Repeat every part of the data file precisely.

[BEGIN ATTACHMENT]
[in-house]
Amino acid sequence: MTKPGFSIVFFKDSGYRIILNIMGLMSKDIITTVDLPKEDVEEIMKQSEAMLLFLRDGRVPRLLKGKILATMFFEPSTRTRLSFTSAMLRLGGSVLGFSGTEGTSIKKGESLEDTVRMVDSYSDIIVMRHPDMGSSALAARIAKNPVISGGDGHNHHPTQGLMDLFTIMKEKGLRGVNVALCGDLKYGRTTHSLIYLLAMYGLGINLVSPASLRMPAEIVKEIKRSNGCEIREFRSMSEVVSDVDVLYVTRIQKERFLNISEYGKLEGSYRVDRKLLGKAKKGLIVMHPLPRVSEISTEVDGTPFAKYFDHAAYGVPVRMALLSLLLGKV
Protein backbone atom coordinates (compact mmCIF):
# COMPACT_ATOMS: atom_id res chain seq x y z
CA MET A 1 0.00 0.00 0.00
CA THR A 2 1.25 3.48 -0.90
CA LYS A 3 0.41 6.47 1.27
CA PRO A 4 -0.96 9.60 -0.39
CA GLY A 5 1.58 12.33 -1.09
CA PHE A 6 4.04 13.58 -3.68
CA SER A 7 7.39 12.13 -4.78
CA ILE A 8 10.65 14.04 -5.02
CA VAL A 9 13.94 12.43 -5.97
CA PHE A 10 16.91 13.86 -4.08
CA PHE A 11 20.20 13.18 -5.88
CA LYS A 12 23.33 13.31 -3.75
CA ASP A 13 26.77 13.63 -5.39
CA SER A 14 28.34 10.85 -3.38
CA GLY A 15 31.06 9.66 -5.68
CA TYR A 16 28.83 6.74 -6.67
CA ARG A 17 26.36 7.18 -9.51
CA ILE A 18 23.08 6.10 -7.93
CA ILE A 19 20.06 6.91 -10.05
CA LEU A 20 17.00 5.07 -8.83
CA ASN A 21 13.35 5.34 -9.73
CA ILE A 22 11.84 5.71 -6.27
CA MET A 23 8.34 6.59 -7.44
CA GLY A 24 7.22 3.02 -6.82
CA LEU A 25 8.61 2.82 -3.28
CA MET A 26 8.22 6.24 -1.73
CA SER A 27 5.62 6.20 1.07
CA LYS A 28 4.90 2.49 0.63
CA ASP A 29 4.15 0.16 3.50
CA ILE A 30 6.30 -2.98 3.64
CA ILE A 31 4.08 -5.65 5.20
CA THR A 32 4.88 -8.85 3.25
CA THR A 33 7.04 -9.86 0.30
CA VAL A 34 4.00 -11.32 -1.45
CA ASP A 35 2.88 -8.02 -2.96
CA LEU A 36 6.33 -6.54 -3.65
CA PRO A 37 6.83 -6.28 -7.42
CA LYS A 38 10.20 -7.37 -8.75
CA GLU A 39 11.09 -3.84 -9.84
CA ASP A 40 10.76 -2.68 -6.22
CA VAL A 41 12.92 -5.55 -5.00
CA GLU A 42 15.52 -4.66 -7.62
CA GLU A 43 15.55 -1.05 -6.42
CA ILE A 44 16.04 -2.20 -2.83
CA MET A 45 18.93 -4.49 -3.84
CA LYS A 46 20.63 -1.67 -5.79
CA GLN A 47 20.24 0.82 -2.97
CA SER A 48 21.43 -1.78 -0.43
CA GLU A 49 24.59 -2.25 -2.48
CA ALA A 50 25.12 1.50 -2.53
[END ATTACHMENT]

[in-house]
Amino acid sequence: MTKPGFSIVFFKDSGYRIILNIMGLMSKDIITTVDLPKEDVEEIMKQSEAMLLFLRDGRVPRLLKGKILATMFFEPSTRTRLSFTSAMLRLGGSVLGFSGTEGTSIKKGESLEDTVRMVDSYSDIIVMRHPDMGSSALAARIAKNPVISGGDGHNHHPTQGLMDLFTIMKEKGLRGVNVALCGDLKYGRTTHSLIYLLAMYGLGINLVSPASLRMPAEIVKEIKRSNGCEIREFRSMSEVVSDVDVLYVTRIQKERFLNISEYGKLEGSYRVDRKLLGKAKKGLIVMHPLPRVSEISTEVDGTPFAKYFDHAAYGVPVRMALLSLLLGKV
Protein backbone atom coordinates (compact mmCIF):
# COMPACT_ATOMS: atom_id res chain seq x y z
CA MET A 1 0.00 0.00 0.00
CA THR A 2 1.25 3.48 -0.90
CA LYS A 3 0.41 6.47 1.27
CA PRO A 4 -0.96 9.60 -0.39
CA GLY A 5 1.58 12.33 -1.09
CA PHE A 6 4.04 13.58 -3.68
CA SER A 7 7.39 12.13 -4.78
CA ILE A 8 10.65 14.04 -5.02
CA VAL A 9 13.94 12.43 -5.97
CA PHE A 10 16.91 13.86 -4.08
CA PHE A 11 20.20 13.18 -5.88
CA LYS A 12 23.33 13.31 -3.75
CA ASP A 13 26.77 13.63 -5.39
CA SER A 14 28.34 10.85 -3.38
CA GLY A 15 31.06 9.66 -5.68
CA TYR A 16 28.83 6.74 -6.67
CA ARG A 17 26.36 7.18 -9.51
CA ILE A 18 23.08 6.10 -7.93
CA ILE A 19 20.06 6.91 -10.05
CA LEU A 20 17.00 5.07 -8.83
CA ASN A 21 13.35 5.34 -9.73
CA ILE A 22 11.84 5.71 -6.27
CA MET A 23 8.34 6.59 -7.44
CA GLY A 24 7.22 3.02 -6.82
CA LEU A 25 8.61 2.82 -3.28
CA MET A 26 8.22 6.24 -1.73
CA SER A 27 5.62 6.20 1.07
CA LYS A 28 4.90 2.49 0.63
CA ASP A 29 4.15 0.16 3.50
CA ILE A 30 6.30 -2.98 3.64
CA ILE A 31 4.08 -5.65 5.20
CA THR A 32 4.88 -8.85 3.25
CA THR A 33 7.04 -9.86 0.30
CA VAL A 34 4.00 -11.32 -1.45
CA ASP A 35 2.88 -8.02 -2.96
CA LEU A 36 6.33 -6.54 -3.65
CA PRO A 37 6.83 -6.28 -7.42
CA LYS A 38 10.20 -7.37 -8.75
CA GLU A 39 11.09 -3.84 -9.84
CA ASP A 40 10.76 -2.68 -6.22
CA VAL A 41 12.92 -5.55 -5.00
CA GLU A 42 15.52 -4.66 -7.62
CA GLU A 43 15.55 -1.05 -6.42
CA ILE A 44 16.04 -2.20 -2.83
CA MET A 45 18.93 -4.49 -3.84
CA LYS A 46 20.63 -1.67 -5.79
CA GLN A 47 20.24 0.82 -2.97
CA SER A 48 21.43 -1.78 -0.43
CA GLU A 49 24.59 -2.25 -2.48
CA ALA A 50 25.12 1.50 -2.53